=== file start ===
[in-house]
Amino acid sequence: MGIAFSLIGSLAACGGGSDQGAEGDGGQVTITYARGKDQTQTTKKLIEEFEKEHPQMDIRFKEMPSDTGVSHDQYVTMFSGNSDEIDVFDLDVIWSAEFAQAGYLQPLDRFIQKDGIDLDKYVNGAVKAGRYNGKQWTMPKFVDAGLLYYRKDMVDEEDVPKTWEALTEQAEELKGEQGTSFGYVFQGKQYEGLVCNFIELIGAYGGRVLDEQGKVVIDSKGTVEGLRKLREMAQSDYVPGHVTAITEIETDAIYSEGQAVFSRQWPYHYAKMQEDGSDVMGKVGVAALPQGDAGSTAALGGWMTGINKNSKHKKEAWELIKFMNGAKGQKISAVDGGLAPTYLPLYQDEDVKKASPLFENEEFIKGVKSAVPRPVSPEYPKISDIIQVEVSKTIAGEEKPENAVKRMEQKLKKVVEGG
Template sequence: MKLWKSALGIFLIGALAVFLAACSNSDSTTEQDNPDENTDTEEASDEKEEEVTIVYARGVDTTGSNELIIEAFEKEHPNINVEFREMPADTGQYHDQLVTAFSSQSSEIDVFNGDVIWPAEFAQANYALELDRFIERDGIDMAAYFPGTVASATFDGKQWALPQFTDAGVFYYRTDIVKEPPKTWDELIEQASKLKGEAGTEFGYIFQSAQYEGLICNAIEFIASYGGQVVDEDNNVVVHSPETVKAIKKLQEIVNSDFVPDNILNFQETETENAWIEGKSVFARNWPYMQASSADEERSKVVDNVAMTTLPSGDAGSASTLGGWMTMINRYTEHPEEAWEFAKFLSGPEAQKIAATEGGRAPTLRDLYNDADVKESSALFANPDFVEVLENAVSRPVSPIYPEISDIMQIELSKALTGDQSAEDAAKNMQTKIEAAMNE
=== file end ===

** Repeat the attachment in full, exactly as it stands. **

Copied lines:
[in-house]
Amino acid sequence: MGIAFSLIGSLAACGGGSDQGAEGDGGQVTITYARGKDQTQTTKKLIEEFEKEHPQMDIRFKEMPSDTGVSHDQYVTMFSGNSDEIDVFDLDVIWSAEFAQAGYLQPLDRFIQKDGIDLDKYVNGAVKAGRYNGKQWTMPKFVDAGLLYYRKDMVDEEDVPKTWEALTEQAEELKGEQGTSFGYVFQGKQYEGLVCNFIELIGAYGGRVLDEQGKVVIDSKGTVEGLRKLREMAQSDYVPGHVTAITEIETDAIYSEGQAVFSRQWPYHYAKMQEDGSDVMGKVGVAALPQGDAGSTAALGGWMTGINKNSKHKKEAWELIKFMNGAKGQKISAVDGGLAPTYLPLYQDEDVKKASPLFENEEFIKGVKSAVPRPVSPEYPKISDIIQVEVSKTIAGEEKPENAVKRMEQKLKKVVEGG
Template sequence: MKLWKSALGIFLIGALAVFLAACSNSDSTTEQDNPDENTDTEEASDEKEEEVTIVYARGVDTTGSNELIIEAFEKEHPNINVEFREMPADTGQYHDQLVTAFSSQSSEIDVFNGDVIWPAEFAQANYALELDRFIERDGIDMAAYFPGTVASATFDGKQWALPQFTDAGVFYYRTDIVKEPPKTWDELIEQASKLKGEAGTEFGYIFQSAQYEGLICNAIEFIASYGGQVVDEDNNVVVHSPETVKAIKKLQEIVNSDFVPDNILNFQETETENAWIEGKSVFARNWPYMQASSADEERSKVVDNVAMTTLPSGDAGSASTLGGWMTMINRYTEHPEEAWEFAKFLSGPEAQKIAATEGGRAPTLRDLYNDADVKESSALFANPDFVEVLENAVSRPVSPIYPEISDIMQIELSKALTGDQSAEDAAKNMQTKIEAAMNE